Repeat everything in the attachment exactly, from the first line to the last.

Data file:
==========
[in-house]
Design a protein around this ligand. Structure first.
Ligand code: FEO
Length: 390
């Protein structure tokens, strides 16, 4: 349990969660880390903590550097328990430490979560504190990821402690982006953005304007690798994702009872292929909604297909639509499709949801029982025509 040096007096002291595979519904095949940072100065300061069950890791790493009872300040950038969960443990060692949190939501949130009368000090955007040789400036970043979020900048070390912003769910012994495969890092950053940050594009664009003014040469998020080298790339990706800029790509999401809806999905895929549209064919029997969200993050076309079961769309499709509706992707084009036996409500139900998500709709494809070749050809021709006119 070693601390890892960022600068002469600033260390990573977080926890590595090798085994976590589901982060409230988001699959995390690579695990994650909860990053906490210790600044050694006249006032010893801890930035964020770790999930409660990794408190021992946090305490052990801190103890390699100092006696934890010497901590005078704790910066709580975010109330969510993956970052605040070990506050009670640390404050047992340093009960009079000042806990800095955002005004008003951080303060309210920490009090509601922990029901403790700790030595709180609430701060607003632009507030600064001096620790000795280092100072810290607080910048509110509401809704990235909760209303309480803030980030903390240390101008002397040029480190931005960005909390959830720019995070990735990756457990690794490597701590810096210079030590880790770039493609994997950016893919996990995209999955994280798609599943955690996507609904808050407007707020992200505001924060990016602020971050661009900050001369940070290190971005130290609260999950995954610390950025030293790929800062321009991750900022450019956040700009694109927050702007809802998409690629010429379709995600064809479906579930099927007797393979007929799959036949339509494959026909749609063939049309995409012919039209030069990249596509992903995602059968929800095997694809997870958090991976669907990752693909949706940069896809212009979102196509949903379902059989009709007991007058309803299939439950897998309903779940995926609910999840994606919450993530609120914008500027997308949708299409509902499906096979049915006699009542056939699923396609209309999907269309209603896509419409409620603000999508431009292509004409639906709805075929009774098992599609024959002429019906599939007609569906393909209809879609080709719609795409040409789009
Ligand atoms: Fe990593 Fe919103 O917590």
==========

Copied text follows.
[in-house]
Design a protein around this ligand. Structure first.
Ligand code: FEO
Length: 390
């Protein structure tokens, strides 16, 4: 349990969660880390903590550097328990430490979560504190990821402690982006953005304007690798994702009872292929909604297909639509499709949801029982025509 040096007096002291595979519904095949940072100065300061069950890791790493009872300040950038969960443990060692949190939501949130009368000090955007040789400036970043979020900048070390912003769910012994495969890092950053940050594009664009003014040469998020080298790339990706800029790509999401809806999905895929549209064919029997969200993050076309079961769309499709509706992707084009036996409500139900998500709709494809070749050809021709006119 070693601390890892960022600068002469600033260390990573977080926890590595090798085994976590589901982060409230988001699959995390690579695990994650909860990053906490210790600044050694006249006032010893801890930035964020770790999930409660990794408190021992946090305490052990801190103890390699100092006696934890010497901590005078704790910066709580975010109330969510993956970052605040070990506050009670640390404050047992340093009960009079000042806990800095955002005004008003951080303060309210920490009090509601922990029901403790700790030595709180609430701060607003632009507030600064001096620790000795280092100072810290607080910048509110509401809704990235909760209303309480803030980030903390240390101008002397040029480190931005960005909390959830720019995070990735990756457990690794490597701590810096210079030590880790770039493609994997950016893919996990995209999955994280798609599943955690996507609904808050407007707020992200505001924060990016602020971050661009900050001369940070290190971005130290609260999950995954610390950025030293790929800062321009991750900022450019956040700009694109927050702007809802998409690629010429379709995600064809479906579930099927007797393979007929799959036949339509494959026909749609063939049309995409012919039209030069990249596509992903995602059968929800095997694809997870958090991976669907990752693909949706940069896809212009979102196509949903379902059989009709007991007058309803299939439950897998309903779940995926609910999840994606919450993530609120914008500027997308949708299409509902499906096979049915006699009542056939699923396609209309999907269309209603896509419409409620603000999508431009292509004409639906709805075929009774098992599609024959002429019906599939007609569906393909209809879609080709719609795409040409789009
Ligand atoms: Fe990593 Fe919103 O917590």